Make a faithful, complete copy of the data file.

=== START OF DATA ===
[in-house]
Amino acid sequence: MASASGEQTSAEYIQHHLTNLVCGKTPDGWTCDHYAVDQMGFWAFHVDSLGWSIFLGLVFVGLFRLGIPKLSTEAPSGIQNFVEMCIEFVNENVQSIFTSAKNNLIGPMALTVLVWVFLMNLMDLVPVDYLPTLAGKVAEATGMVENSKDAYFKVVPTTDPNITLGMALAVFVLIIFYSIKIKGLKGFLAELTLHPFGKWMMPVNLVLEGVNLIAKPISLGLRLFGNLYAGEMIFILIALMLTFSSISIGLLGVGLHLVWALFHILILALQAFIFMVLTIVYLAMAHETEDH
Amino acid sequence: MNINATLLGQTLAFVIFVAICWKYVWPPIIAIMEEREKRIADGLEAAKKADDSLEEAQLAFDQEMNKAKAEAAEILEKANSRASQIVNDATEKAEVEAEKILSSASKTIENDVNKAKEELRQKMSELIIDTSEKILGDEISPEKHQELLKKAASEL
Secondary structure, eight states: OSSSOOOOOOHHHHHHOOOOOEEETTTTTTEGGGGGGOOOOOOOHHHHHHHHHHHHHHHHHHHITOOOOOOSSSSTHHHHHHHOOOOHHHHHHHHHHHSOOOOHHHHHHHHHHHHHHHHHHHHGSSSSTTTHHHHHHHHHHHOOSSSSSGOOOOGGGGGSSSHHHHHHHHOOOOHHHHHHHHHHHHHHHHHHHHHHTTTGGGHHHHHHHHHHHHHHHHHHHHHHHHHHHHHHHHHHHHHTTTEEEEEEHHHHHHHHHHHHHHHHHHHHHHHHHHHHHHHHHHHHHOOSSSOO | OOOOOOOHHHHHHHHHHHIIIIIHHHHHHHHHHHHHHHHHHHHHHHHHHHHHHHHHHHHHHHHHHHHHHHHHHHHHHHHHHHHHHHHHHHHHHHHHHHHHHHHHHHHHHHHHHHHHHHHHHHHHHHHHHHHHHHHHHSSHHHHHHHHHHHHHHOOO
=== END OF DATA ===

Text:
[in-house]
Amino acid sequence: MASASGEQTSAEYIQHHLTNLVCGKTPDGWTCDHYAVDQMGFWAFHVDSLGWSIFLGLVFVGLFRLGIPKLSTEAPSGIQNFVEMCIEFVNENVQSIFTSAKNNLIGPMALTVLVWVFLMNLMDLVPVDYLPTLAGKVAEATGMVENSKDAYFKVVPTTDPNITLGMALAVFVLIIFYSIKIKGLKGFLAELTLHPFGKWMMPVNLVLEGVNLIAKPISLGLRLFGNLYAGEMIFILIALMLTFSSISIGLLGVGLHLVWALFHILILALQAFIFMVLTIVYLAMAHETEDH
Amino acid sequence: MNINATLLGQTLAFVIFVAICWKYVWPPIIAIMEEREKRIADGLEAAKKADDSLEEAQLAFDQEMNKAKAEAAEILEKANSRASQIVNDATEKAEVEAEKILSSASKTIENDVNKAKEELRQKMSELIIDTSEKILGDEISPEKHQELLKKAASEL
Secondary structure, eight states: OSSSOOOOOOHHHHHHOOOOOEEETTTTTTEGGGGGGOOOOOOOHHHHHHHHHHHHHHHHHHHITOOOOOOSSSSTHHHHHHHOOOOHHHHHHHHHHHSOOOOHHHHHHHHHHHHHHHHHHHHGSSSSTTTHHHHHHHHHHHOOSSSSSGOOOOGGGGGSSSHHHHHHHHOOOOHHHHHHHHHHHHHHHHHHHHHHTTTGGGHHHHHHHHHHHHHHHHHHHHHHHHHHHHHHHHHHHHHTTTEEEEEEHHHHHHHHHHHHHHHHHHHHHHHHHHHHHHHHHHHHHOOSSSOO | OOOOOOOHHHHHHHHHHHIIIIIHHHHHHHHHHHHHHHHHHHHHHHHHHHHHHHHHHHHHHHHHHHHHHHHHHHHHHHHHHHHHHHHHHHHHHHHHHHHHHHHHHHHHHHHHHHHHHHHHHHHHHHHHHHHHHHHHHSSHHHHHHHHHHHHHHOOO